DT editor James Barton recently spoke to Charles Green, CEO of Helios Towers Africa, about starting out providing infrastructure in sub-Saharan Africa. Initially a hostile environment, the infrastructure market is undergoing massive growth, with more investment likely in the near future.
DT: What were the factors that made Africa an attractive proposition to your business?
CG: In 2003, the founding partners of Helios decided to set up a tower company in Nigeria, which at the time had no independent tower companies. In a way, this was a pioneering decision – Nigeria provided a glimpse of how future growth in the tower industry could absolutely explode.
The country was massively underdeveloped at the time, and as we based our business model on its individual dynamics, we began to see that the same was true across much of sub-Saharan Africa. It was identical to what one could see across the emerging markets in the early stages of the tower business – whether it was South America or Asia – and it was a perfect opportunity.
DT: How did infrastructure-sharing come about?
CG: There were only a couple of operators who had been licensed at the time but it was clear that many other licensees would be entering Nigeria. That created a backdrop for significant potential co-location on any site in that market, so we started building every site from scratch. While obviously constructing the towers was not the easiest way of growing the business, operators at the time weren’t interested in letting others on to their sites too early. Nigeria was possibly the most hostile commercial and operating environment in sub-Saharan Africa, so building infrastructure there was a critical establishing factor for us. On the basis of the success we experienced in Nigeria, we’ve since expanded into other countries in sub-Saharan Africa, including Ghana, Tanzania and the DRC.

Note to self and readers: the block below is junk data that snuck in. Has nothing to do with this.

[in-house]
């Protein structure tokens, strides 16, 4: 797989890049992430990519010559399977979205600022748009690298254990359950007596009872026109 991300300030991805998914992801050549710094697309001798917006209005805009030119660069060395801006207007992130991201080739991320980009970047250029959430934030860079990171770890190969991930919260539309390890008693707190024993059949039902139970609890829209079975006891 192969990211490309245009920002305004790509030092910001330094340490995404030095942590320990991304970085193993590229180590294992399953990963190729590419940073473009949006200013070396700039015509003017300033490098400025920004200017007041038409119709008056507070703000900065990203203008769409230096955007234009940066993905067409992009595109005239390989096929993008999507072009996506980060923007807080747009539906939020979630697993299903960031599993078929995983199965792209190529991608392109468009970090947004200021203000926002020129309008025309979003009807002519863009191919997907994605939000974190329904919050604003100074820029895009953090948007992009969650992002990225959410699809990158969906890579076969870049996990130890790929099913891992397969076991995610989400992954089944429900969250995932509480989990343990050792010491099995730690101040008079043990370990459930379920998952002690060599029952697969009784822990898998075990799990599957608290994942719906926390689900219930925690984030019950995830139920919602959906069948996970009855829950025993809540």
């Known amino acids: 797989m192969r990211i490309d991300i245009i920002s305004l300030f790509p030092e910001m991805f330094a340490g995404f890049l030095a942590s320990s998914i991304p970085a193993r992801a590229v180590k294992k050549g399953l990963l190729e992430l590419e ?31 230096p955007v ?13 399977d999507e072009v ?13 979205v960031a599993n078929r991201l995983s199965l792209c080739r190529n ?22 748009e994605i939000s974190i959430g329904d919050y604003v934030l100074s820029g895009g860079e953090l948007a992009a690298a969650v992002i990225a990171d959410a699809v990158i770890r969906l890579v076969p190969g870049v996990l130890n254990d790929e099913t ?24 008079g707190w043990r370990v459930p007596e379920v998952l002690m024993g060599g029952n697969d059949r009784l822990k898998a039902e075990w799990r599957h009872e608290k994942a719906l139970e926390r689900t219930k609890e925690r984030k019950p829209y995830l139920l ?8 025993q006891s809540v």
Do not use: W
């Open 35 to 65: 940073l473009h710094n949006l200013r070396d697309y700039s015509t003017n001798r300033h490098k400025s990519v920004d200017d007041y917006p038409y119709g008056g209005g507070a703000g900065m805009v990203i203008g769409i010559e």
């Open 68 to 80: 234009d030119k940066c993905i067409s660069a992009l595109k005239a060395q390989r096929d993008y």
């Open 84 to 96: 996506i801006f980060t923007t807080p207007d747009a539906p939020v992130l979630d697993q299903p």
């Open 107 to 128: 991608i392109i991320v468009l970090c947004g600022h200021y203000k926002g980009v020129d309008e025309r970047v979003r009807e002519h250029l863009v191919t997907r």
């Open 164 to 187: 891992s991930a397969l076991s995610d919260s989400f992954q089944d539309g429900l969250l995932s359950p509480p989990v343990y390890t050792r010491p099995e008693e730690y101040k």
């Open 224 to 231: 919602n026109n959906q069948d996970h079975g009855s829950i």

DT: Ghana has been mentioned as a particularly good test-bed for telecom deployments in sub-Saharan Africa. Would you agree with this?
CG: Ghana is somewhat less severe than Nigeria – its grid power for example is essentially the inverse of Nigeria’s: whereas in Nigeria power is supplied by generators for 18 hours of the day, in Ghana it’s about 4 or 5 hours. The complexity of the operating environment helps and it’s a smaller country, but with fundamental dynamics that support the business: there’s six operators plus ISPs and WiMAX providers coming, so a lot of potential demand.
There’s still good fundamental growth, with penetration rates around the African average, and there will be a requirement for 2G/voice as well as capacity. Data will probably take off fairly rapidly in Ghana compared to the rest of sub-Saharan Africa – it’s fairly sophisticated, with landed marine cable, so that will likely provide data growth. Again, you’re going to have significant growth and demand of points of service, and in the future those points of service won’t individually be handled by towers. There’s still a need for network coverage and capacity, and room for additional growth. With 6 operators there’s plenty of scope for multiple tenancies on individual towers. There’s also quite an enlightened and stable regulatory environment and that’s a huge help.
DT: What kind of business models are working best in this environment?
CG: What seems to work best is a model that balances some upfront monetisation of the assets and a reduction in operating costs. These days there’s a lot of interest from operators in retaining a residual stake; whether that will be pervasive remains to be seen.
This is what I would call the ‘perfect storm’ for the tower industry in Africa – it’s the best I’ve seen in any market in the world. There are perceived and actual risks that one has to be conscious of in Africa – they’re not necessarily unique but perhaps more pervasive, so you have to be careful, but if you balance these risks with the potential returns that you have in making investments in this business in Africa it’ll prove to be a sound move by investors from developed markets and even other emerging markets.